How Do I Hook Up... my Blu-Ray player or PS3? Newsletter Signup
Decmber 6th, 2009 by Joe Chianese Page 1 Page 2

Using HDMI and Fiber Optical Cables for a Blu-Ray Player

Now we move on to some more advanced options for connecting your Blu-Ray Disc player or PS3. Again, this How-To doesn't involve receivers or anything else except for a Blu-ray player or PS3 and a television. For those connections, check out How To Hook Up a Receiver.

Digital Audio Connections for Blu-Ray

Blu-Ray players will come standard with at least one input of either (or both) of two separate digital audio connections.

They are: fiber optic and digital coaxial.

Fiber optic audio is all digital, allowing for the highest quality surround sound audio A flat, square connector that opens inward to the unit is known as fiber optic. As seen here, this connector has a hinged door that pushes in when a cable is connected. Sometimes there is no door. You will usually notice a bright red light coming from the inside of an open fiber optic connection.

Note: this is the connection you will need to use on a PS3 if necessary (HDMI can carry audio and video itself)

Fiber optic is an all digital connection. There is no left or right channel; just one cable that can pass-through mono, stereo, and surround sound (5.1, 6.1, 7.1 and beyond). It is in fact the only way you will get surround sound from a Blu-Ray player or PS3 when connecting to a surround sound receiver (digital coaxial works, too - see below, just not for PS3).

You'll also need to make sure your TV actually has a fiber optic input, which if it is HD, it almost certainly has it (if not, its got digital coaxial). Most new, high definition TVs have either fiber optic or digital coaxial available.

Digital coax provides the same quality and 5.1 surround sound as fiber optic cables, but it is in a more familiar RCA connector type cablingIf you don't have fiber optic (or maybe you have both), than you may have digital coaxial. It looks exactly the same as red, white, or yellow composite output. It will be marked "Digital" or "Coaxial" or "Digital Coaxial". It is usually black or orange in color but this can vary. Digital coaxial is nearly identical to fiber optic. There is no practical difference between the two cables (both are all digital and can pass through mono, stereo, and full surround sound). Stick to Fiber Optic when possible as it is more common, but test your HDMI out first - it can almost certainly pass through audio and video (some devices will vary).

The only other audio-only output you may have would be 6 channel direct. This is only used for connecting to a receiver and is beyond the scope of this How-To. If you'd like to learn more about it, check out How To Hook Up a Receiver.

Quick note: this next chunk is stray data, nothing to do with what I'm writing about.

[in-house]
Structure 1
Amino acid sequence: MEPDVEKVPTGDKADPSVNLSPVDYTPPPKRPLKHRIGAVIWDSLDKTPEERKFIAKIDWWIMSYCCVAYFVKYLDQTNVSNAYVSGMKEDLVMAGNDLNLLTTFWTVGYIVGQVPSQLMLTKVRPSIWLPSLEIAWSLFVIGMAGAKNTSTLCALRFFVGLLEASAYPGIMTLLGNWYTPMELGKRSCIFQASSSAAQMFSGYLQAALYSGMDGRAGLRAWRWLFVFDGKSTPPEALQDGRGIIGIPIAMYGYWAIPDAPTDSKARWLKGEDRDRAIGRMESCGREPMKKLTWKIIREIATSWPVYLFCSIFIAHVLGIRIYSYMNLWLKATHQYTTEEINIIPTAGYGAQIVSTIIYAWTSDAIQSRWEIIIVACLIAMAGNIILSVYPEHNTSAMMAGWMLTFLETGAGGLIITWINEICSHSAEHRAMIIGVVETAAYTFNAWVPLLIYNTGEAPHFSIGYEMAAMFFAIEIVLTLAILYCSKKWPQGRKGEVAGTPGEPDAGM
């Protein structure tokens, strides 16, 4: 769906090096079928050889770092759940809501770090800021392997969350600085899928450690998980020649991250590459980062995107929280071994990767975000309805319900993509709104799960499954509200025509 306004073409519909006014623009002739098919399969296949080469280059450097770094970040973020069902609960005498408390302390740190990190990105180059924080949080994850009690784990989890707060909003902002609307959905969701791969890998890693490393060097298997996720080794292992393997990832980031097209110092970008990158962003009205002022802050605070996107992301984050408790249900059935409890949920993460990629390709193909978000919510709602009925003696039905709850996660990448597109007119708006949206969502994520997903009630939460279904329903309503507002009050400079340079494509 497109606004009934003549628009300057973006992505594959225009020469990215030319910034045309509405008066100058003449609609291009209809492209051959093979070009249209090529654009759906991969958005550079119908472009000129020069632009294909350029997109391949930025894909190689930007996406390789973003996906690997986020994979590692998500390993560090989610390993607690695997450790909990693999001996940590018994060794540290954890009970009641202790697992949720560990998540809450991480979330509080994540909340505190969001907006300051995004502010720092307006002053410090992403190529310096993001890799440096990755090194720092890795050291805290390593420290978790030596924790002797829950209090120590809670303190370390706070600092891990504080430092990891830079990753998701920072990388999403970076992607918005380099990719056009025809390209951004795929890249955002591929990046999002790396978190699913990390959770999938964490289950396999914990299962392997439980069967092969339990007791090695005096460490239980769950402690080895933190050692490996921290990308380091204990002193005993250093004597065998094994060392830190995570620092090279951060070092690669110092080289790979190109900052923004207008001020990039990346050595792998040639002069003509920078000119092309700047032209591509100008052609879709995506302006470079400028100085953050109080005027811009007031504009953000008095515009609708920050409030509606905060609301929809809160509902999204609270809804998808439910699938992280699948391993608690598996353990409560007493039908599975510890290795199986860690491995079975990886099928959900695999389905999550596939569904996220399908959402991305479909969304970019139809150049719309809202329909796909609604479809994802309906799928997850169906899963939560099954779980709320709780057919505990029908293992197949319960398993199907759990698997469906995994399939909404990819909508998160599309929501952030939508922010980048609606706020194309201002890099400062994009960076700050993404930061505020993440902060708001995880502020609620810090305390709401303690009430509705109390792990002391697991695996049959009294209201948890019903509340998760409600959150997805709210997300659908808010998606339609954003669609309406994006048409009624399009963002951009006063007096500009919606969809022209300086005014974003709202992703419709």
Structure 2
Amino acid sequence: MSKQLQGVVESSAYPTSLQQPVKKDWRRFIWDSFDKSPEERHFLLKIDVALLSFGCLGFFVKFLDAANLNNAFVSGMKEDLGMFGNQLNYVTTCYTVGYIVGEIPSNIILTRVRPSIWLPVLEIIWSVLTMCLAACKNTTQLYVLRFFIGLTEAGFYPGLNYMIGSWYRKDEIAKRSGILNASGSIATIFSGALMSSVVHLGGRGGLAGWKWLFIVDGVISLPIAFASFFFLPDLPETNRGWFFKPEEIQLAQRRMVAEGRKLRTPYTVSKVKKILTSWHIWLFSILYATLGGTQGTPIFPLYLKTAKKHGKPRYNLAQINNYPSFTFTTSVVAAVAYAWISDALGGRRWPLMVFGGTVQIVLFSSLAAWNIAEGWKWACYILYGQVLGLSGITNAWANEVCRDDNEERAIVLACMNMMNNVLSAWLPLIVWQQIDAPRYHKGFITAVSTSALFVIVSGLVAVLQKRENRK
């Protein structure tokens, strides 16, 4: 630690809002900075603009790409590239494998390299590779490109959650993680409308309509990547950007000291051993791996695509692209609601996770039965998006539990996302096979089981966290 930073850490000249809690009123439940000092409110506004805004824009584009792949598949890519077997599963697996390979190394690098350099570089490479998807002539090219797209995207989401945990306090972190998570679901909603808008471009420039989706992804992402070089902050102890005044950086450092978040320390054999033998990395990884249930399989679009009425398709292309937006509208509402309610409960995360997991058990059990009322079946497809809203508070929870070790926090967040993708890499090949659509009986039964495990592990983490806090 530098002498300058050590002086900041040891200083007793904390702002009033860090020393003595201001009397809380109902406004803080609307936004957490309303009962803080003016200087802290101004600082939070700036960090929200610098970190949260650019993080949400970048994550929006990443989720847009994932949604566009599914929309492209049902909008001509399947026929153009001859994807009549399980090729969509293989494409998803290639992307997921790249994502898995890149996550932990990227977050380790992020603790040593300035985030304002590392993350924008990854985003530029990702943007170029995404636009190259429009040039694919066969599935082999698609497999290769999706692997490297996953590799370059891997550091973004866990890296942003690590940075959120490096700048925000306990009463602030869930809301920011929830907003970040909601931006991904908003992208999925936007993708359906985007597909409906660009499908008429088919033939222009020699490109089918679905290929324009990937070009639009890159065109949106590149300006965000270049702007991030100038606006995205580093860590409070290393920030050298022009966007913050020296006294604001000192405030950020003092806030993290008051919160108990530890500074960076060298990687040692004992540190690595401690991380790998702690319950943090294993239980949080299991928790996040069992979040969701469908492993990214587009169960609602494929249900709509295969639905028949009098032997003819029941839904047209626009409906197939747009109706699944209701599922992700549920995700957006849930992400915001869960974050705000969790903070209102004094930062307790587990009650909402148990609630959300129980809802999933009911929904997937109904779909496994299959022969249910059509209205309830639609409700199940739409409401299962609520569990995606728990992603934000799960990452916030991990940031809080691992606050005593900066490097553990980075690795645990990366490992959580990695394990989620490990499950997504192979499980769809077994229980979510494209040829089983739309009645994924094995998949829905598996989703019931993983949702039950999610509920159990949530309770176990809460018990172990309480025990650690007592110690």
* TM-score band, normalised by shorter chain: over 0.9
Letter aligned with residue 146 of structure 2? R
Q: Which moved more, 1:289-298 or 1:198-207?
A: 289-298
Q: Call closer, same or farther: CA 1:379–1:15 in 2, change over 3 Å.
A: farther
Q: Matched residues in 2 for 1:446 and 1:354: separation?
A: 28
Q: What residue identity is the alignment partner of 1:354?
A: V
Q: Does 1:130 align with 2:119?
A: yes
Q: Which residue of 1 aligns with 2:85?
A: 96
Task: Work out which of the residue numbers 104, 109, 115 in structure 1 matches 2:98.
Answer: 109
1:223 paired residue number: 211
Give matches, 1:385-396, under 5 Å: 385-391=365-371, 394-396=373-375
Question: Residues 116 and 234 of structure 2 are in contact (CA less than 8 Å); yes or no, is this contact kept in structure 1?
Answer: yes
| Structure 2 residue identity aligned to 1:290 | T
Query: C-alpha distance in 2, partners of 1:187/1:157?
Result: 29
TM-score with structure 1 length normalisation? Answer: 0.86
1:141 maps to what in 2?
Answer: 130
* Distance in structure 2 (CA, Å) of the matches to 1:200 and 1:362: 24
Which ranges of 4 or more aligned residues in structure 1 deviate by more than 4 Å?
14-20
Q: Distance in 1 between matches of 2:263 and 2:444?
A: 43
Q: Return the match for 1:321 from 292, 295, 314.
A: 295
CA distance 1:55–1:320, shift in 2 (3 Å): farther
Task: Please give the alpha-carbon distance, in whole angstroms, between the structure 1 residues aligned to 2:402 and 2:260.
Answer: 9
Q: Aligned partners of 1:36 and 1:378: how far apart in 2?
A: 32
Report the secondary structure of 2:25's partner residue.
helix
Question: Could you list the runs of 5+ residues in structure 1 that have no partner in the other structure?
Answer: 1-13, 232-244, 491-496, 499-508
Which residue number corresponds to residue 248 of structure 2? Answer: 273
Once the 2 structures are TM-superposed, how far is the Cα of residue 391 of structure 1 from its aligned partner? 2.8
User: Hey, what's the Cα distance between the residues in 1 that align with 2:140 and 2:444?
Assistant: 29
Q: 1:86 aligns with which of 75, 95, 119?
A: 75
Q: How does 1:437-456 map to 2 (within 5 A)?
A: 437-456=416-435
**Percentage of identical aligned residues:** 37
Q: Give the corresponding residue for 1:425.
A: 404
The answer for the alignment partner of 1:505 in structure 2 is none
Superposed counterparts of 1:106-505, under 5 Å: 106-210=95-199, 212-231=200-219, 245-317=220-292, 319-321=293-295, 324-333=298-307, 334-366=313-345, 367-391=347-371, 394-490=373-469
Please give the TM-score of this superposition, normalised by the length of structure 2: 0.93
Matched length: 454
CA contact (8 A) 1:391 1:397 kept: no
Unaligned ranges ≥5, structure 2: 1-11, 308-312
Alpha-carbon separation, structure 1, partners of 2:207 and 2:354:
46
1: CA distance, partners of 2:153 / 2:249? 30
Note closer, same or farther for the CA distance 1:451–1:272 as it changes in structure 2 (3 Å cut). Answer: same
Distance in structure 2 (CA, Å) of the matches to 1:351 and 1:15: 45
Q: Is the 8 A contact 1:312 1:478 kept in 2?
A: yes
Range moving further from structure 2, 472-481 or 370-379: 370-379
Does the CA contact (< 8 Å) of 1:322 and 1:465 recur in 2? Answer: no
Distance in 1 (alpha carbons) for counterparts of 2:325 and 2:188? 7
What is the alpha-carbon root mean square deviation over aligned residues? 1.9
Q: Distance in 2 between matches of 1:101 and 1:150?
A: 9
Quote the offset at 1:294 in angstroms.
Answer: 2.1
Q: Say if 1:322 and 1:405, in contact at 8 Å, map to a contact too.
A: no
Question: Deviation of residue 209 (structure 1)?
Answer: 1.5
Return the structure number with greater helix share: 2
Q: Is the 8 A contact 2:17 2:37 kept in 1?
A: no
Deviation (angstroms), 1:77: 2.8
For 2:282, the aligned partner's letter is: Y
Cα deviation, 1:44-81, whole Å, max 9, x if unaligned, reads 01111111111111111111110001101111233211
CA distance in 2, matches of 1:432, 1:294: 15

HDMI and DVI: Digital, High Definition Video

Now on to HDMI and DVI. You may have heard of these connections as of late. They are the all-digital video inputs capable of high definition content up to 1080p.

HDMI is especially useful because it can transfer both audio and video in one cable (if both devices support this - not all do; check device manuals to ensure compatibility).

HDMI can provide high definition video and 5.1 surround sound in one small cable A very compact connection, HDMI can transfer both audio and video in full high definition and surround sound. This is great in regards to both quality and less cable clutter. Keep in mind that not all components support audio being carried through HDMI cables so you'll have to check it out for yourself.

Here's a shot of the back of a Blu-Ray player's outputs:

The back of a Blu-Ray Disc Player showing HDMI, Fiber Optic, and other Outputs

This really shows you how nice it is to be able to utilize HDMI. You'd just need HDMI and a power cable! Simple, right? Stick to HDMI and, if you have to, fiber optic as well (seen here as "Digital In").

Another all-digital cable, DVI is capable of high definition video, but it 
 can't carry audio. Its also a very wide connector A DVI output is quickly becoming old news because of HDMI. Nevertheless, you might have this available to you, especially on some of the older Blu-Ray players. Its best to buy a TV and a Blu-Ray player that have HDMI. You can't pass audio through a DVI connection, and not all Blu-Ray players play all content through DVI due to copyright protections.

And that's it. There's no other outputs you need to be concerned with for the basic hookup of your Blu-Ray disc player or PS3.

More Home Theater How-To Articles!

- How to Hook up Surround Sound
- Hook up a Receiver
- Running Speaker Wire
- Home Theater in a Box

Didn't understand some of the terms used above?
Check our our Home Theater Glossary to lookup some of the words you haven't seen before or don't fully understand. Its a great way to familiarize yourself with home theater connections and will help you make better buying and configuring decisions.
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